Tom's Blog

Monday, June 29, 2009

Bobwhite habitat

For the past several weeks, Kathie and I have been hearing the characteristic "whistle" of the northern bobwhite. This is not a bird that we had heard before this year, but apparently it has moved in now. Hopefully, to stay.

Today, while moving through our White Oak Savanna, I heard this distinctive call very close. Somewhere in this photo, there is a bobwhite quail!

According to the Wisconsin DNR, the northern bobwhite is relatively rare in Wisconsin. It is classified as S3, which means it is rare or uncommon. Its protection category is SC/M, which means "special concern/fully protected by the Federal Migratory Bird Act".

Its preferred habitat is open sites, such as prairies and oak openings. The habitat in the photo is typical oak opening, with large white oaks scattered across the area.

The DNR states that use of prescribed fire is beneficial for northern bobwhites, and that bird numbers are significantly higher in burned than in unburned areas. We had an excellent burn in this area in early April.

Fire reduces hardwood encroachment and promotes sun-loving groundcover plant species essential for food and cover. Among these species are several tick trefoils (Desmodium sp.), which are favorite food of the bobwhite (and quite common in the area shown in the photo).

Also of interest is that in May we spent quite a bit of time in the area shown in the photo spraying bramble resprouts.

Friday, June 26, 2009

Beating the heat

Today (Friday) Kathie and I got up at 5:30 AM and were in the field ready to start work at 7 AM. It was a beautiful time of day. The sun was behind the hills and the savanna and whole south slope at Pleasant Valley Conservancy was in the shade. It was not until about 9 AM that the south slope felt the full brunt of the sun.

We decided that we are going to keep that schedule as long as the weather is hot. Why not? All it takes is going to bed early.

I spent the whole day surveying my purple milkweed (State Endangered) transplants to see how they are doing. I have been doing transplants since 2006 and now have plants in their first, second, third, and fourth growing seasons. Each transplant is permanently marked and is being followed. Almost 100% of the transplants get through the first summer, provided they are watered when needed. About 75-80% survive the first winter and grow into the second year. Most of those that survive the second year continue through subsequent years. Most plants flower in their third growing season, and by the fourth growing season they look as if they had always been there. In fact, you can't tell them from plants that arose spontaneously.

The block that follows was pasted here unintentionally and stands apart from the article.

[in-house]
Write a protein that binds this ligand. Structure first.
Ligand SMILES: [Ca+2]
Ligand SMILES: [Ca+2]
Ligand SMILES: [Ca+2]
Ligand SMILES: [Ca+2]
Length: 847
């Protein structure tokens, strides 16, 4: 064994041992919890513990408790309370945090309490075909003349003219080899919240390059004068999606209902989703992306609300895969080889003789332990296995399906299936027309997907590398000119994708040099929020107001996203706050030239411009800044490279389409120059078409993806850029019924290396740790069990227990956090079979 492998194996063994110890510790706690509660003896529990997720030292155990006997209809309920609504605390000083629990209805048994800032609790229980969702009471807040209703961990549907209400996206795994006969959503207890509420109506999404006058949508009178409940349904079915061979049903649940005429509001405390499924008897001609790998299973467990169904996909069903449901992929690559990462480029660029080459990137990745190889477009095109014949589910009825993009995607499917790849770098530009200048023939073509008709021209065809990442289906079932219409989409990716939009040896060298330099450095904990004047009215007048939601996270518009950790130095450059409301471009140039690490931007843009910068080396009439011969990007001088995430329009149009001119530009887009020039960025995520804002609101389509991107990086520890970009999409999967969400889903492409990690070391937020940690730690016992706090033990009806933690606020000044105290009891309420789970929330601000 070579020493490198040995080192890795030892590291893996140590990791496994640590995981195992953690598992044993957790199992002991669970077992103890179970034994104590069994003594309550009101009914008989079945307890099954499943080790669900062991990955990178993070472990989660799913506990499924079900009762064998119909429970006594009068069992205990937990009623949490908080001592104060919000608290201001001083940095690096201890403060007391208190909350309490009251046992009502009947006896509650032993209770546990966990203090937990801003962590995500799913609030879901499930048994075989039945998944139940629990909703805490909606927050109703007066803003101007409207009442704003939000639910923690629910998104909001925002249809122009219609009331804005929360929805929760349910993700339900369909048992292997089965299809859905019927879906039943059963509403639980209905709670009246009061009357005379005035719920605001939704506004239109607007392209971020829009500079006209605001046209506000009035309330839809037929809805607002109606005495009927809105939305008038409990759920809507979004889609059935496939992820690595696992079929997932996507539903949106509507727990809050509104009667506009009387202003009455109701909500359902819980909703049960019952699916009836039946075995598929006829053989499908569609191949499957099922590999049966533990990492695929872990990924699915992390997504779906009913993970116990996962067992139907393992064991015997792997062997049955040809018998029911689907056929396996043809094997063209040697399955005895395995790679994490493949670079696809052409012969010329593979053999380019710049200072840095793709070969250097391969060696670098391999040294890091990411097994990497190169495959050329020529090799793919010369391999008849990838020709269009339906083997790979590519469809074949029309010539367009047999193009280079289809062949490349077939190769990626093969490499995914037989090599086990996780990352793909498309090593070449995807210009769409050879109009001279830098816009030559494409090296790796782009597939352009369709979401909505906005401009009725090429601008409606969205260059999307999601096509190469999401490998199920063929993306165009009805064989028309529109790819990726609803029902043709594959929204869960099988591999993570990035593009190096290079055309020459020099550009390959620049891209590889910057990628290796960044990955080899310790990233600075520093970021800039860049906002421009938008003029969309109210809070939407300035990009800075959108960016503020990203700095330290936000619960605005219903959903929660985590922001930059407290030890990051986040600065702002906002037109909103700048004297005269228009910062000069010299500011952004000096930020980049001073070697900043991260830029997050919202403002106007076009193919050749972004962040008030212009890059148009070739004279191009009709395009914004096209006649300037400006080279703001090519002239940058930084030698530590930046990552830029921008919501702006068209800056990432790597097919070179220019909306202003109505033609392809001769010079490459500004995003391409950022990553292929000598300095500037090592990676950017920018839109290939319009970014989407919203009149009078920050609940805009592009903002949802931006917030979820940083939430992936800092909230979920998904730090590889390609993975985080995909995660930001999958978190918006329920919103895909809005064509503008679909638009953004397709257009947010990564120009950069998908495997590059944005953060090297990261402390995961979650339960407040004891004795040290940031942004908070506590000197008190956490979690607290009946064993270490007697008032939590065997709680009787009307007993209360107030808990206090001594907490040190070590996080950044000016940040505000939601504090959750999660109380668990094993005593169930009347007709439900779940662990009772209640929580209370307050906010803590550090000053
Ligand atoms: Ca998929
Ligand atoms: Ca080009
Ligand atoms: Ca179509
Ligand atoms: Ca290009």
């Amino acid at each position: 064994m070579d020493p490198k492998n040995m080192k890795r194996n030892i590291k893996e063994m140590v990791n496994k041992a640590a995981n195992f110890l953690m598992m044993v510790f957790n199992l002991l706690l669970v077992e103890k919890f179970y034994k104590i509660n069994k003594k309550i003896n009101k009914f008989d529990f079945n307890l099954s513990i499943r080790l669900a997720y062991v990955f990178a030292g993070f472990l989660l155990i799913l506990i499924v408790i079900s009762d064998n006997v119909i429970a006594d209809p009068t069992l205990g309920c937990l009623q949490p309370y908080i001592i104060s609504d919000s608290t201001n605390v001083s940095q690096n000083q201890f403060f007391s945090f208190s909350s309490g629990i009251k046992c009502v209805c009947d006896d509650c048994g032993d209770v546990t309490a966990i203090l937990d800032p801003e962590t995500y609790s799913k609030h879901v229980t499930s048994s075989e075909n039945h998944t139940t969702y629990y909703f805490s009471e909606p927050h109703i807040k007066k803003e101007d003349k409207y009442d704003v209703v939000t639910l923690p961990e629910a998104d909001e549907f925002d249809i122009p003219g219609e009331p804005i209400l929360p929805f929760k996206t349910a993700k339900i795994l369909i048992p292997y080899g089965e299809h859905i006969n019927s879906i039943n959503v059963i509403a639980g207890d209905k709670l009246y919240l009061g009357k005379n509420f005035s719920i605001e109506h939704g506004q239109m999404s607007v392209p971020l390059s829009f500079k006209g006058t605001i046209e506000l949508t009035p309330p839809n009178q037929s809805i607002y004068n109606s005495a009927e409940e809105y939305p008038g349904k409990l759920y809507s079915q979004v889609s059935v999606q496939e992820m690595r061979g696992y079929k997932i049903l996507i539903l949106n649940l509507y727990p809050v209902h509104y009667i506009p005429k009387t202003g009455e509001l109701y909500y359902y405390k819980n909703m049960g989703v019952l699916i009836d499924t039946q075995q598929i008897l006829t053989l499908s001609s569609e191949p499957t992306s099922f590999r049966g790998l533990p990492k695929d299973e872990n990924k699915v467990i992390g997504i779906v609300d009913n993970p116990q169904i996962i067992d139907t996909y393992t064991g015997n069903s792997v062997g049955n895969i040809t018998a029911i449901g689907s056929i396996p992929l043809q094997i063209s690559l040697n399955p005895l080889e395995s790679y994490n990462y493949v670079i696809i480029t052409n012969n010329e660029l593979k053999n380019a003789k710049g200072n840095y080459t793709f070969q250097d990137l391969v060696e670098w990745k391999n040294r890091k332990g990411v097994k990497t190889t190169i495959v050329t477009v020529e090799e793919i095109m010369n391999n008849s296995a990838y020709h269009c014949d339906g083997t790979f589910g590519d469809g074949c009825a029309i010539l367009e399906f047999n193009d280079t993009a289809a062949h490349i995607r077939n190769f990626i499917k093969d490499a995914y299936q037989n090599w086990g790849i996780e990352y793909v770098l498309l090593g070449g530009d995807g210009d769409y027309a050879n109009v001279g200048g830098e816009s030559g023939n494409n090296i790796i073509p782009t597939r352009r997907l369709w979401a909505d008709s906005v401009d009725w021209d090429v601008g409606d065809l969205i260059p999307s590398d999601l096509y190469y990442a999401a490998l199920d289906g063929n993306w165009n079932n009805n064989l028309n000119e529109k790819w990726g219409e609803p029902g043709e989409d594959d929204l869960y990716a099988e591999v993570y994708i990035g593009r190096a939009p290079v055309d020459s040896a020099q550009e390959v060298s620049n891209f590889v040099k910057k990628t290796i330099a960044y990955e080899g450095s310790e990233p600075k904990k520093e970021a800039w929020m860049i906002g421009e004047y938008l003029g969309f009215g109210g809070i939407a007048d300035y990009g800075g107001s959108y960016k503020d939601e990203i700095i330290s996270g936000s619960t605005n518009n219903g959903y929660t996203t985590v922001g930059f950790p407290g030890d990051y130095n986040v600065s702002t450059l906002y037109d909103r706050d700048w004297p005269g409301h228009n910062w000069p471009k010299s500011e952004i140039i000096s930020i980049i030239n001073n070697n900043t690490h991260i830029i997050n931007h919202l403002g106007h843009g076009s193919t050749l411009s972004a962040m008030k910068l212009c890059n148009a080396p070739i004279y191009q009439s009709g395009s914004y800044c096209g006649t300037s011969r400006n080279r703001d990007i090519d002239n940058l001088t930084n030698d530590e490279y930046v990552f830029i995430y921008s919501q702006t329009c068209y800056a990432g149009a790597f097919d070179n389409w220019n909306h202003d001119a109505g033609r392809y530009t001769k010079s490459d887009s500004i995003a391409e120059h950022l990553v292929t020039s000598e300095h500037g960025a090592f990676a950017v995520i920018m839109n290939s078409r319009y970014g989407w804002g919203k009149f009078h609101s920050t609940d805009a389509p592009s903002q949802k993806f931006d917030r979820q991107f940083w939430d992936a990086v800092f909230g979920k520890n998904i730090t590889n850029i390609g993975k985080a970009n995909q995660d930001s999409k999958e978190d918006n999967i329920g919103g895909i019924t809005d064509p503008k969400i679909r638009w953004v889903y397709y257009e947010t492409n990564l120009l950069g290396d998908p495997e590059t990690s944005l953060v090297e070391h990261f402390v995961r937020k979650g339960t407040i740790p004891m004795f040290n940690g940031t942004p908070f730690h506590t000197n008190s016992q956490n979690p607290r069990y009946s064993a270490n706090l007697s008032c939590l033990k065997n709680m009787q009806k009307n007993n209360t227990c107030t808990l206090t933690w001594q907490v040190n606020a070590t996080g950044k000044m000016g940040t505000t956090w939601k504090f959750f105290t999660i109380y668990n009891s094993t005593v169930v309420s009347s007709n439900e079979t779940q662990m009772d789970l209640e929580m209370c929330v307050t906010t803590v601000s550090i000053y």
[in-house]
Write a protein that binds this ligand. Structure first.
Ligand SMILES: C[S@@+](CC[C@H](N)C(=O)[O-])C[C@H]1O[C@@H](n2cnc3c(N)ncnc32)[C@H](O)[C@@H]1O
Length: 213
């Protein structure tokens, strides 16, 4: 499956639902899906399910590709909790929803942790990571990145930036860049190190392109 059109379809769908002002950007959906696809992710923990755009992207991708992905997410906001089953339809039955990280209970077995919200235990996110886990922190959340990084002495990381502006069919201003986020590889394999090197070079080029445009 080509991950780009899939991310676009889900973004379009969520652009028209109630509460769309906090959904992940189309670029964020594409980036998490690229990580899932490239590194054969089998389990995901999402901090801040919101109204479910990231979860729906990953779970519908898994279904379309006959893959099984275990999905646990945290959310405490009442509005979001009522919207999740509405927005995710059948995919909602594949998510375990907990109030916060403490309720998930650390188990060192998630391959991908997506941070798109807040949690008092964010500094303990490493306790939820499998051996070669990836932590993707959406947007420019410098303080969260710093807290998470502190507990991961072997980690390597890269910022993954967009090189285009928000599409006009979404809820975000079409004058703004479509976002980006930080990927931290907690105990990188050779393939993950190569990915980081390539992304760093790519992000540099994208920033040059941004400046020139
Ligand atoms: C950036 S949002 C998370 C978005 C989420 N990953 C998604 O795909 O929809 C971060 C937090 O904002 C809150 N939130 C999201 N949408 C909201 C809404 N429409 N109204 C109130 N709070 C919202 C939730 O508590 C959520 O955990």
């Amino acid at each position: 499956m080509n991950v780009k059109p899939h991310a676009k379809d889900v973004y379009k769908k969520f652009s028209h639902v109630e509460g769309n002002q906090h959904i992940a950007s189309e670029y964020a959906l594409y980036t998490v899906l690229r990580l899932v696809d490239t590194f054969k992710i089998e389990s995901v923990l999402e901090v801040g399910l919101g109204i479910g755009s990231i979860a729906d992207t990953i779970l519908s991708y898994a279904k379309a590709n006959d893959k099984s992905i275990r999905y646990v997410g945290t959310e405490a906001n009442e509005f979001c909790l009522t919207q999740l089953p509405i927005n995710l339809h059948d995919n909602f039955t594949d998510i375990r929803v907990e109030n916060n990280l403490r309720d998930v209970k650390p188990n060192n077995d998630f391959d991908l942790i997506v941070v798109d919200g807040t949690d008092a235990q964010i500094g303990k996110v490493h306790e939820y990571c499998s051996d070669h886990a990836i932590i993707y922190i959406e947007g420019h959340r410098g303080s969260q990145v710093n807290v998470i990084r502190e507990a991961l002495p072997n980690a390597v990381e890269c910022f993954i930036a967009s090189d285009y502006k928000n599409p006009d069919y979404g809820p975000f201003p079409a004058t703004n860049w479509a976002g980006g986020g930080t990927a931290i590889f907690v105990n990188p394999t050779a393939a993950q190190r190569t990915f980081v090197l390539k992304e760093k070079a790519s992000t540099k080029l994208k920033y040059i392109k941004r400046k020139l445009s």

Right now is peak flowering time for milkweeds. Not only purples, but also poke, swamp, butterfly, whorled, short green, and common milkweed are flowering.

Tuesday, June 23, 2009

Compass plant now in bloom

Compass plant (Silphium laciniatum) has just started to bloom. This great plant, one of the fine conservative prairie species (and featured in the logo of The Prairie Enthusiasts), is thriving in two of our planted prairies (Toby's and Pocket), has become well established in the Valley Prairie and is visible as seedlings in two others (Crane and Ridge). Also, it has now become established in open areas of our savannas, although not yet flowering.

At Pleasant Valley Conservancy, we first saw compass plant seedlings the second growing season but it took 5-6 years before we first had flowers. For the first few years, it is putting down deep roots. Nebraska prairie researcher John Weaver found root lengths varying from 9 to nearly 14 feet! (North American Prairie, Johnsen Publishing Co., Lincoln, Nebraska)

The photo here is from Toby's Prairie, our oldest planted prairie.

An individual plant can be long lived, but it does not necessarily flower every year.

Visit from Botany 401 class

Today we had a visit from the Vascular Flora of Wisconsin (Botany 401) class at UW-Madison. As it turned out, they were taking their midterm exam, using the numerous flowering plants at Pleasant Valley Conservancy as the test objects. They were quizzed on 25 species. They needed to know the Latin name, the family, and the status (native, exotic, invasive, etc.)

Kathie and Tom made a few brief remarks (photo above), describing the history of the Conservancy, the importance of fire as a management tool, etc.

Despite the weather (the temperature was 95 F in the shade!), the class forged ahead for their three hour trip/exam.

Monday, June 22, 2009

Great purple milkweed season

The purple milkweeds are almost in full bloom now. The weather has really cooperated.

This year I found another native location (where a stand has developed with no help from us). This makes the 13th location where purple milkweeds developed spontaneously, presumably as a result of our extensive savanna restoration work. In addition, many of the transplants that we set out in 2006 and 2007 are flowering well, and seem to be permanently established. It is encouraging to learn that this endangered species responds well to conservation efforts.